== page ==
NA
Focal adenomyosis
(adenomyoma)
0
Consecutive
1
Surgical
records
Grimbizis et al. 2008
Retro
0
6
0
U/S
Focal adenomyosis
(adenomyoma)
1
Consecutive
1
Surgical
records
Fedele et al. 1993
Retro
0
18
1
Histology
Focal
adenomyosis
(adenomyoma)
0
Consecutive
1
Surgical
records
Focal
adenomyosis
(adenomyoma)
Diffuse adenomyosis
0
1
Consecutive
1
Surgical
records
Partial excision of
adenomyosis/partial
adenomyomectomy
Sun et al. 2011
Retro
0
13
0
NA
Consecutive
1
Surgical
records
VOL. - NO. - / - 2013
Nishida et al. 2010
Retro
0
44
1
MRI
Wang et al. 2009
Retro
0
28
1
U/S
Diffuse
adenomyosis
1
Consecutive
1
Surgical
records
Fujishita et al. 2004
Retro
0
11
0
U/S, MRI
Diffuse
adenomyosis
1
Consecutive
1
Surgical
records
Diffuse/focal
adenomyosis
0
Wood, 1998
Retro
0
25
1
NA
Grimbizis. Uterus sparing surgery for adenomyosis. Fertil Steril 2013.
NA
0
Surgical
records
Open
excision/classic
technique
Open
excision/triple
flap technique
Open or lap
excision/classic
technique
Lap
excision/uterine
wall reconstruction
with overlapping
flaps
Open or lap
excision/classic
technique
Open or lap
excision/classic
technique
Open or lap
complete
excision/classic
technique with
additional U-shape
suturing
Lap
excision/classic
technique
Open
excision/classic
technique
Lap partial
excision/classic
reconstruction
Open
excisiona/asymmetric
dissection of uterus
Open
excisiona/classic
technique
Open partial
excision/modified
H incision
Lap
excisiona/classic
technique
Follow
up/adequate
length
Outcome
evaluation
Adequacy
of follow-up
of cohorts
Statistical
analysis
Total
grade
1
Structured
questionnaire
1
24/12
1
Yes
1
Yes
1
9
1
Structured
questionnaire
1
24/12
1
Yes
1
Yes
1
9
1
Structured
questionnaire
1
24/12
1
Yes
1
Yes
1
9
1
Structured
questionnaire
1
NA
0
No
0
Yes
1
6
1
Self
0
36/12
1
Yes
1
Yes
1
6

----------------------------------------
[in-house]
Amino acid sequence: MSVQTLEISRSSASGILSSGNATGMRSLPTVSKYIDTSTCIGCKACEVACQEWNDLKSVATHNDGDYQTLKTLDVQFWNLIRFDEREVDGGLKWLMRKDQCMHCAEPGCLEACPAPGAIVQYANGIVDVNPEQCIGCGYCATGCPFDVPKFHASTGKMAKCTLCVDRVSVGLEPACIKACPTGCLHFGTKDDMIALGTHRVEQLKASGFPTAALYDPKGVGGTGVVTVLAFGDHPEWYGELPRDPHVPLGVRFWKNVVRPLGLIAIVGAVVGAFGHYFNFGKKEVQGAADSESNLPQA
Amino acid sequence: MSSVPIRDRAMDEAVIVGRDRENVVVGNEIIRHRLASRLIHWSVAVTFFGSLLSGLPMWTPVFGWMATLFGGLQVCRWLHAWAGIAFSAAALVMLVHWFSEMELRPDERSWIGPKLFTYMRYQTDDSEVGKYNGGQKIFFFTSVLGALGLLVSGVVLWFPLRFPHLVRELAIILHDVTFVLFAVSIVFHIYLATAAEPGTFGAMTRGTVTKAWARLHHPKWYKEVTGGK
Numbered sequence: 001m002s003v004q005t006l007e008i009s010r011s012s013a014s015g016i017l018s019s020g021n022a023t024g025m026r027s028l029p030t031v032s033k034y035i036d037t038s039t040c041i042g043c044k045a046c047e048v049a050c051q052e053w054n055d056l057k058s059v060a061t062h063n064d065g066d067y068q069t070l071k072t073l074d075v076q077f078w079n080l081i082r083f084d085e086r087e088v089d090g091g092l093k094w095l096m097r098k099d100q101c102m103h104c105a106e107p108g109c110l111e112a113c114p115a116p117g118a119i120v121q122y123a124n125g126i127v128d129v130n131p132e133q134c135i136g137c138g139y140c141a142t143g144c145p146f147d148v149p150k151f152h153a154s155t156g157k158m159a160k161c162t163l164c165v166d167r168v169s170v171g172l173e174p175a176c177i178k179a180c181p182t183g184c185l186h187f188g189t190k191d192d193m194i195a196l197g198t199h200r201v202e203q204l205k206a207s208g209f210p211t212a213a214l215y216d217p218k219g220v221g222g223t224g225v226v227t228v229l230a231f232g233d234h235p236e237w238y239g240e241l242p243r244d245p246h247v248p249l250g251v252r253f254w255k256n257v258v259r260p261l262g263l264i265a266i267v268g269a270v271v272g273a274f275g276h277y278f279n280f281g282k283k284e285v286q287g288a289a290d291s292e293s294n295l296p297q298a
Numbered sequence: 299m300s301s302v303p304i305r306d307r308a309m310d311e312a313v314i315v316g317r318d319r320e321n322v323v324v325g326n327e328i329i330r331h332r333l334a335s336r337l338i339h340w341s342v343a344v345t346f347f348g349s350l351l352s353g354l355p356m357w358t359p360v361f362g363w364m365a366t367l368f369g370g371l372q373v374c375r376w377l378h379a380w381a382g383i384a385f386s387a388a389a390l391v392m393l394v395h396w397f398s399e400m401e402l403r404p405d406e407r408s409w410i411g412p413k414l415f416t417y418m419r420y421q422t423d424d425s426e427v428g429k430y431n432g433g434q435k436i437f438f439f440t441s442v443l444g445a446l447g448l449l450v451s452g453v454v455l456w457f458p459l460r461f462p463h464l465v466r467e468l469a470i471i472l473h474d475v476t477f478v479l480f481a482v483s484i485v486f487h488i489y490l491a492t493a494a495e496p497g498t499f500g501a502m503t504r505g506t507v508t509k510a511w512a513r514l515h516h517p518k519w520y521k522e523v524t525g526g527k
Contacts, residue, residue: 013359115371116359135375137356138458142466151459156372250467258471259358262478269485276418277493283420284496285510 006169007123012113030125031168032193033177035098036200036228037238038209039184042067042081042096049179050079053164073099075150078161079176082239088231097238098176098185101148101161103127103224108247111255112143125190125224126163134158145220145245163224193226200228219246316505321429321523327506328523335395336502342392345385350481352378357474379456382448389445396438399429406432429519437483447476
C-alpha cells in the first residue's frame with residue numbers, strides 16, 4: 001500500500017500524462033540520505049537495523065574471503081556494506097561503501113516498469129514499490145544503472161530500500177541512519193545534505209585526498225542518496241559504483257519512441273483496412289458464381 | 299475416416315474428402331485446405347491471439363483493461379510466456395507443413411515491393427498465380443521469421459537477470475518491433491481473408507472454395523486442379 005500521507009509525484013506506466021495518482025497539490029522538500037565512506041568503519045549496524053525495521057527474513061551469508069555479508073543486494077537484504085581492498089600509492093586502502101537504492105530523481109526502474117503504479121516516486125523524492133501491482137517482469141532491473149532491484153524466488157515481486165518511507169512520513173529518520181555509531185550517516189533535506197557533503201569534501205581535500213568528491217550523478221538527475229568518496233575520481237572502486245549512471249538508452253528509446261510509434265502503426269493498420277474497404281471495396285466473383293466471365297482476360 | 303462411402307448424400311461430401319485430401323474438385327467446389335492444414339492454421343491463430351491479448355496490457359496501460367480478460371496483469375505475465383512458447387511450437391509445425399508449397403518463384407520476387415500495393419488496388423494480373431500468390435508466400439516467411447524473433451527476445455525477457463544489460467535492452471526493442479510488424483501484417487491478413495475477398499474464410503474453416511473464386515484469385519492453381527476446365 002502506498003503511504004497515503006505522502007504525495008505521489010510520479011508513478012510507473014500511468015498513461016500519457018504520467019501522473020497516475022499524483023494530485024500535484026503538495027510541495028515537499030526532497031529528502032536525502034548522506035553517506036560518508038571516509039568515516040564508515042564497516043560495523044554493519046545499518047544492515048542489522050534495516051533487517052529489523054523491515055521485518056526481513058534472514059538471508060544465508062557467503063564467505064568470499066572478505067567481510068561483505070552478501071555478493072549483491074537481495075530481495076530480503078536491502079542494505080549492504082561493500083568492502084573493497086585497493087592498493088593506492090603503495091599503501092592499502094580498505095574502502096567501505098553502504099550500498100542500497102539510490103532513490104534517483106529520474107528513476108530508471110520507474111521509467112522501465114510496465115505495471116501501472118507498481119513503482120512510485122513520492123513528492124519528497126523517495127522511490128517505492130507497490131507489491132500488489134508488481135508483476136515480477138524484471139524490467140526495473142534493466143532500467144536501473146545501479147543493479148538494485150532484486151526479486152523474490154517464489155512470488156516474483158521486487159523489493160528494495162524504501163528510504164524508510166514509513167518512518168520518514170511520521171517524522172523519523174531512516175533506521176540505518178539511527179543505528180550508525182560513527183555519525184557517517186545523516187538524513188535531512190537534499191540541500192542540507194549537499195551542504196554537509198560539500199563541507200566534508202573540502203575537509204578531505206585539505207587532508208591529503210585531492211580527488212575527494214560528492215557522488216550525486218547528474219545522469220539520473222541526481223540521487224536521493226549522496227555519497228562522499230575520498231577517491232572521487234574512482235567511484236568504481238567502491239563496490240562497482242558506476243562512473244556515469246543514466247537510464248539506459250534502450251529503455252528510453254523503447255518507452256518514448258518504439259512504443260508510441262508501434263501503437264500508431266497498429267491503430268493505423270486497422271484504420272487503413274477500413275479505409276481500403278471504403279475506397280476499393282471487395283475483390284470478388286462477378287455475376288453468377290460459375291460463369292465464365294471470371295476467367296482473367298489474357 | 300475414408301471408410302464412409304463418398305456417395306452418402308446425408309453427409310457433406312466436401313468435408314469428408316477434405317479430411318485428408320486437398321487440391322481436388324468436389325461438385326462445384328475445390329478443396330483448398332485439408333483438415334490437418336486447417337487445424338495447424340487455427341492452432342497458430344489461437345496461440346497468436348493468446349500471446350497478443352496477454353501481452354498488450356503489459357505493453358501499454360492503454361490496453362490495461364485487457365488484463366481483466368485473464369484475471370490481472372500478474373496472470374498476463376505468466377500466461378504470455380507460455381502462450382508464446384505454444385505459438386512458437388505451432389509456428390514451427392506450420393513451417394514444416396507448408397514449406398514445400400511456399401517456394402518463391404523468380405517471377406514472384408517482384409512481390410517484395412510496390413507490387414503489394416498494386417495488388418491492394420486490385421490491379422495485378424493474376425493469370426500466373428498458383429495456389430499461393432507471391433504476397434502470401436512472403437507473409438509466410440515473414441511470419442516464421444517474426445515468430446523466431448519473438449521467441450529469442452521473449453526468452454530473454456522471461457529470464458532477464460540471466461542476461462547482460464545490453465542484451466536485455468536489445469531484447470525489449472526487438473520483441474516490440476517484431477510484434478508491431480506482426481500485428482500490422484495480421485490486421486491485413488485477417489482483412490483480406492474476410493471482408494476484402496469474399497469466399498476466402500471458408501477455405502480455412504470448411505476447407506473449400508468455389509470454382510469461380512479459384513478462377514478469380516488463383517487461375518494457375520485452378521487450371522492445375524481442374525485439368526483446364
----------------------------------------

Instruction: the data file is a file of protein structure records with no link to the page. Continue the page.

report
1
Structured
questionnaire
1
9/12
0
Yes
1
Yes
1
6
1
Self
0
27/12
1
Yes
1
Yes
1
5
report
1
Structured
questionnaire
1
13/12
0
Yes
1
No
0
5
1
Self
0
53/12
1
Yes
1
No
0
4
0
20/12
0
Yes
1
Yes
1
4
report
1
Self
report
1
Structured
questionnaire
1
12/12
0
Yes
1
No
0
6
1
Structured
questionnaire
1
36/12
1
Yes
1
Yes
1
8
1
Self
0
36/12
1
Yes
1
Yes
1
6
0
24/12
1
Yes
1
No
0
4
report
1
Self
report
ORIGINAL ARTICLE: FERTILITY PRESERVATION
8
TABLE 2
VOL. - NO. - / - 2013
TABLE 2
Continued.
Author, year
Study
design
No. of
patients
Modality of initial
diagnosis/definition of extent of
the disease
Representativeness
of the cases
Ascertainment of exposure/detailed
surgical technique
Follow
up/adequate
length
Outcome
evaluation
Adequacy
of follow-up
of cohorts
Statistical
analysis
Total
grade
Cystic
adenomyomas and
juvenile cystic
adenomyomas
Takeuchi
et al. 2010
Kriplani
et al. 2011
Nonexcisional
techniques
Kang et al. 2009
Retro
Retro
1
0
9
4
0
0
U/S, MRI
U/S, MRI
JCA
JCA
1
1
Consecutive
Consecutive
1
1
Surgical
records
Lap
Surgical
records
Lap
Laparoscopic
partial resection
of adenomyosis
þ UAO
Laparoscopic
uterine artery
ligation
Myometrial
electrocoagulation
Laparoscopic
bipolar
coagulation
Rollerball
endometrial
ablation
TCRE Mirena
Retro
0
37
1
U/S
Diffuse/focal
adenomyosis
1
Consecutive
1
Surgical
records
Wang et al. 2002
Pro
1
20
0
U/S, MRI
0
Consecutive
1
Surgical
records
Wood, 1998
Retro
0
11
0
NA
0
NA
0
Philips et al. 1996
Pro
1
10
0
MRI
0
NA
0
Surgical
records
Surgical
records
Preutthupan
et al. 2010
Retro
0
190
1
U/S
Unclear
description
of lesion
Diffuse/focal
adenomyosis